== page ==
QCon is one of my favorite technical conferences. The content is unbeatable—it’s curated and sourced talk-by-talk by experts who chair each track. The experience is top-notch for speakers and attendees, and the conference is structurally inclusive and welcoming. I spoke at QCon San Francisco last year, and I was slated to speak at QCon NYC this year—but I’m not able to. Instead, I reached out to my network (thanks!) and was introduced to a talented speaker I want you to know about.
Kelly Shortridge is currently VP of Product Strategy for Capsule8. Kelly is an amazing writer and speaker, building on an entrepreneurial and analytical background in product, finance, and investment banking to offer compelling insights into information security through the lens of behavioral economics. Kelly has spoken at many conferences internationally, including Black Hat USA, AusCERT, Hacktivity, Troopers, and ZeroNights. For a sample of Kelly’s speaking, check out this talk at DuraznoConf 2018.
And now Kelly Shortridge will be speaking at QCon NYC! The talk is titled Security Delusions, detailed as follows:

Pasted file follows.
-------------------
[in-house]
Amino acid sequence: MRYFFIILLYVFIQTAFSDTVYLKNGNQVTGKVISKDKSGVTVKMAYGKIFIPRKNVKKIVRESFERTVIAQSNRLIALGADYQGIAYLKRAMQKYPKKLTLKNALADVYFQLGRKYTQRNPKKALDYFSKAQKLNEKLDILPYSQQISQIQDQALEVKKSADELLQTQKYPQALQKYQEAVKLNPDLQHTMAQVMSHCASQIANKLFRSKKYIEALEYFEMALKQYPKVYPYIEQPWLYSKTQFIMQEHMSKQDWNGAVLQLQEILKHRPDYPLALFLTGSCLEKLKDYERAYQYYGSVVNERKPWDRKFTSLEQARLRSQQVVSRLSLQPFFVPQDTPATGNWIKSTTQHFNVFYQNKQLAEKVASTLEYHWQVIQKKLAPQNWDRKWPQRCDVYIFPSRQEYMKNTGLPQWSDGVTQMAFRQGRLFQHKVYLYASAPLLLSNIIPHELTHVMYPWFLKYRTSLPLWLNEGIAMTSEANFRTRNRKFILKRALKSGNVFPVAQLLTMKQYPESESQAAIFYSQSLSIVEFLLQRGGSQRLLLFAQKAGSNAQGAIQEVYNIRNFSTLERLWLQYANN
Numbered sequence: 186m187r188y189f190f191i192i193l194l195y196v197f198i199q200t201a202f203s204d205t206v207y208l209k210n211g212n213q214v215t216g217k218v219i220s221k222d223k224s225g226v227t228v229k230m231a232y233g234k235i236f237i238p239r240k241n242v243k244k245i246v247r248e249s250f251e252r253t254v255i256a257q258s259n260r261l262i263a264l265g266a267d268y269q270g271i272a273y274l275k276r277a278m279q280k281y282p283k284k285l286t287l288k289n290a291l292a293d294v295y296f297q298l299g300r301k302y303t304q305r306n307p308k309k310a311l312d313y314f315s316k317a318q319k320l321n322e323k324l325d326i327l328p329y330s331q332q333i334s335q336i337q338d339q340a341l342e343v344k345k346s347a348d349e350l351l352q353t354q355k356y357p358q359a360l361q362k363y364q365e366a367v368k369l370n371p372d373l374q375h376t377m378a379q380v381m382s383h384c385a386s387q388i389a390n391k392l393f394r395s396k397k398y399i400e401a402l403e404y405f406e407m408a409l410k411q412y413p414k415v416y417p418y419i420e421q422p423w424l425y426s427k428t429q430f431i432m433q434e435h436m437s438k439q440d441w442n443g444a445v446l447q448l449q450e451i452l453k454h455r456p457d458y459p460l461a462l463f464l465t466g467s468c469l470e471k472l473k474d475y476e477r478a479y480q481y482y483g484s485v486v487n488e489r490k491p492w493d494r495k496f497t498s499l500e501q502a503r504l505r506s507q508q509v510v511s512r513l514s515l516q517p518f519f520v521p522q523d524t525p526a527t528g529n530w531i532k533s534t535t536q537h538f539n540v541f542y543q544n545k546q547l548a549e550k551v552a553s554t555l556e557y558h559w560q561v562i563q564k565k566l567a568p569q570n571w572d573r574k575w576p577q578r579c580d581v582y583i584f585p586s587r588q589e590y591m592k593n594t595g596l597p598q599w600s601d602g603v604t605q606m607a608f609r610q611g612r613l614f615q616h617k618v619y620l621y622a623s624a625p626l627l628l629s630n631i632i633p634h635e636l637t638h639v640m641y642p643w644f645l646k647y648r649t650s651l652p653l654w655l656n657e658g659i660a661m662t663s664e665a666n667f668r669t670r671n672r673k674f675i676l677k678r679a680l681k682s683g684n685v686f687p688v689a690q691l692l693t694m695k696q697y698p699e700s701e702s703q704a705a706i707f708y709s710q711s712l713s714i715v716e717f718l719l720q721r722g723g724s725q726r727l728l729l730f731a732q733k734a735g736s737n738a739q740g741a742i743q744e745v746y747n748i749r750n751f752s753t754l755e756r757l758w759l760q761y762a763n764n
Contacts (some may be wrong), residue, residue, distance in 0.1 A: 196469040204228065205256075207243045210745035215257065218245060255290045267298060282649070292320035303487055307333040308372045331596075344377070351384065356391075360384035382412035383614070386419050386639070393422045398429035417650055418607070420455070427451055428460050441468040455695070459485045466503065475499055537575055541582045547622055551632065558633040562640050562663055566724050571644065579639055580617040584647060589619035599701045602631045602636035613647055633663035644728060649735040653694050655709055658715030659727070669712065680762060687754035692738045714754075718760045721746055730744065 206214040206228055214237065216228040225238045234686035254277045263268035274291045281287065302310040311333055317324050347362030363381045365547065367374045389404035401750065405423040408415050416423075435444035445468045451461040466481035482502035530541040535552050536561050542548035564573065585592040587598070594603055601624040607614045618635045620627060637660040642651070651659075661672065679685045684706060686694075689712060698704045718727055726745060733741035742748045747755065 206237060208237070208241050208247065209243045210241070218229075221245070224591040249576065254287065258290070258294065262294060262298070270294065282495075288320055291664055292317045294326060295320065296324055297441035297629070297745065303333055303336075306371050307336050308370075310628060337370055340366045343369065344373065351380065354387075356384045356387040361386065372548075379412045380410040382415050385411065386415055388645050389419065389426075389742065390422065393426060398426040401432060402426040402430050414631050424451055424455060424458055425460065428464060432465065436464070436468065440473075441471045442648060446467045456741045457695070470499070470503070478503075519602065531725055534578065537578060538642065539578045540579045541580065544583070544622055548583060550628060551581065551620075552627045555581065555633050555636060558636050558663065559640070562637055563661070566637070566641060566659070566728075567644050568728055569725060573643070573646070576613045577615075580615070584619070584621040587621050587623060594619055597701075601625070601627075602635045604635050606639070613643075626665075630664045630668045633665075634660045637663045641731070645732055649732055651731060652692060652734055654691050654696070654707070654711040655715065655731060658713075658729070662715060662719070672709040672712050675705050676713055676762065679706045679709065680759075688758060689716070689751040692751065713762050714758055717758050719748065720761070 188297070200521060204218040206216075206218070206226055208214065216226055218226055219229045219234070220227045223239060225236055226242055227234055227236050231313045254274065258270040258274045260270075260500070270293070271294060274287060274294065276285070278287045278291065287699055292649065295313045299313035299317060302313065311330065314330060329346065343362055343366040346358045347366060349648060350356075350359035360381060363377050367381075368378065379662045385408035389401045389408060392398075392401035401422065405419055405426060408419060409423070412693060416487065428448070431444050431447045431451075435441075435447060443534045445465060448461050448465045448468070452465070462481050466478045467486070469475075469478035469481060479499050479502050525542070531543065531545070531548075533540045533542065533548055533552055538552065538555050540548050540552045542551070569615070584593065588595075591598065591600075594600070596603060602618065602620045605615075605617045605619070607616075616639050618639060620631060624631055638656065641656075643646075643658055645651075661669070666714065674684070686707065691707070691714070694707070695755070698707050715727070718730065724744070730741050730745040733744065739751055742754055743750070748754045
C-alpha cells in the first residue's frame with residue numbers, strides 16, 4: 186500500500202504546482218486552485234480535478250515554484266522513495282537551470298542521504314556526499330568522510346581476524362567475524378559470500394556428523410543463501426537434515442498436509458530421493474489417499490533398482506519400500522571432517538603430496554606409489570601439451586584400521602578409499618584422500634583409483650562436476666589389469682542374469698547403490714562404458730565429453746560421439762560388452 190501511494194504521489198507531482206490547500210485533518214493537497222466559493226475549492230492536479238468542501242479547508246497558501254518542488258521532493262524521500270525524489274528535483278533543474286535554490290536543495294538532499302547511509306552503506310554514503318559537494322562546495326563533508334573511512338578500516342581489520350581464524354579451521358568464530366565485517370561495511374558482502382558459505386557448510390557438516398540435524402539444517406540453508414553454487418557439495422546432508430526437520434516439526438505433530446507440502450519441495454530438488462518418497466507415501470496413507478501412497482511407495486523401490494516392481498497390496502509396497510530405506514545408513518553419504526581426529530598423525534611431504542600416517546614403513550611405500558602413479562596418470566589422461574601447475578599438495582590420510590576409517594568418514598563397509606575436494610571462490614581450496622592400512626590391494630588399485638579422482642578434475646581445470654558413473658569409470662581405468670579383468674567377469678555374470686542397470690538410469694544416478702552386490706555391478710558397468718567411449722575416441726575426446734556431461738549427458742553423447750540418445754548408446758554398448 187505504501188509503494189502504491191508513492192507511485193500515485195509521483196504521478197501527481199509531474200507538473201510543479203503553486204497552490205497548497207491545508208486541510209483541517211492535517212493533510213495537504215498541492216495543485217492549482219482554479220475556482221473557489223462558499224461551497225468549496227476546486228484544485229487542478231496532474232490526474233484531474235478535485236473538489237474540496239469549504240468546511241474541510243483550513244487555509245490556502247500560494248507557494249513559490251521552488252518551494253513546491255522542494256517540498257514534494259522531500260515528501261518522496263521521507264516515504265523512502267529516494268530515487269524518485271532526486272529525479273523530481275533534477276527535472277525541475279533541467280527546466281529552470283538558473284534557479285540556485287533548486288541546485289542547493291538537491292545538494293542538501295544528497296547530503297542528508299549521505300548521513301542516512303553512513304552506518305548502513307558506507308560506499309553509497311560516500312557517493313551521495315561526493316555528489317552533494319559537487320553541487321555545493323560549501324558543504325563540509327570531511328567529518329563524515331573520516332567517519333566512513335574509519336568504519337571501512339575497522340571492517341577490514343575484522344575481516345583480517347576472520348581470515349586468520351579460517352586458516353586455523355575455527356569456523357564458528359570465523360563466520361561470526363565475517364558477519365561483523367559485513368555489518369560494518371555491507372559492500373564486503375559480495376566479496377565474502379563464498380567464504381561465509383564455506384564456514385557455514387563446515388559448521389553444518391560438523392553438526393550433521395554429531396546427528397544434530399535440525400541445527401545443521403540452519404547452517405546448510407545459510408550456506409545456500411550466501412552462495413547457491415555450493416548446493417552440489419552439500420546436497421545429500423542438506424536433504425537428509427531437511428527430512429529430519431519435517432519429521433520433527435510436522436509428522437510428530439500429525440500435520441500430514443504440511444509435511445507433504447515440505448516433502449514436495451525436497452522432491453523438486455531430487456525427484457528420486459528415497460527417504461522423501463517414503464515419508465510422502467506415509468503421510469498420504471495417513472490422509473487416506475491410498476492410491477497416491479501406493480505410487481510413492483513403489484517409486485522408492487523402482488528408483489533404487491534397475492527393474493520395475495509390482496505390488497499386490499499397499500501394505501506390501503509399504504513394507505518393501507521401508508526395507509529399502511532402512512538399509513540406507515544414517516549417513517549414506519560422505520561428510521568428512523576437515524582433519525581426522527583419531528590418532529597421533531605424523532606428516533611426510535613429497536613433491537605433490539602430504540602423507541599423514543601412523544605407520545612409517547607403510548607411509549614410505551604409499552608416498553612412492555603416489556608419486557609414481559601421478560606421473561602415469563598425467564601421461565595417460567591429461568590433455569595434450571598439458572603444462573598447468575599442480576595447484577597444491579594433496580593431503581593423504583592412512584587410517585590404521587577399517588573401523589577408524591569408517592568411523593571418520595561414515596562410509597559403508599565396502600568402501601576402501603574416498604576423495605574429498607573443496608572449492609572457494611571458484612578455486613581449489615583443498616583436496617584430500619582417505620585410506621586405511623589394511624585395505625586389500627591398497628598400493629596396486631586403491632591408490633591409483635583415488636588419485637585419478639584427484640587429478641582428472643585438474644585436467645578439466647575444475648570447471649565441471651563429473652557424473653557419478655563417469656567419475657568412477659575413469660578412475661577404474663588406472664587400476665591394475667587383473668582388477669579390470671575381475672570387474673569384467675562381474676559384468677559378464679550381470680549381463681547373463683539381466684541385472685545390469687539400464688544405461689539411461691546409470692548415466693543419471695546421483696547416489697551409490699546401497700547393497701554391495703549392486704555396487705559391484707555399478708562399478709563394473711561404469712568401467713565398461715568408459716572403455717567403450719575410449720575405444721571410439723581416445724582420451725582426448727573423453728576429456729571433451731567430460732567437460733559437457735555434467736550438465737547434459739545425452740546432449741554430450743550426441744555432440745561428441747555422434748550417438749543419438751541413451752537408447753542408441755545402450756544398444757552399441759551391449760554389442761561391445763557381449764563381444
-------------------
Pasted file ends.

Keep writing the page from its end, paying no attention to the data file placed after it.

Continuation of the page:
Security teams are frequently the gatekeepers of adopting new technology in the enterprise. In fact, information security represents perhaps the biggest tech laggard among technical functions today. “Because security” can understandably feel like an unsatisfying answer to why security teams are hesitant in embracing these technologies—particularly when there are ample benefits to productivity, performance, and stability for engineering teams.
Why do security teams so tightly clutch their pearls over modern tech? What are common enterprise security perspectives on potential risks inherent in fresh technology such as microservices—or even more conventional tech like cloud-based systems? This non-sales promo talk delves into the common delusions held by enterprise infosec, exploring the reasons why they opt for the rubber stamp of “no” to help inform how DevOps can assuage security’s concerns. We’ll also explore the “cheat codes” that can be presented to gain passage by the grumpy gatekeeper that is enterprise infosec.
Although Kelly’s talk isn’t formally part of the Trust, Safety, & Security track, I think people who attend that track will be interested in this talk too. Enjoy the talk!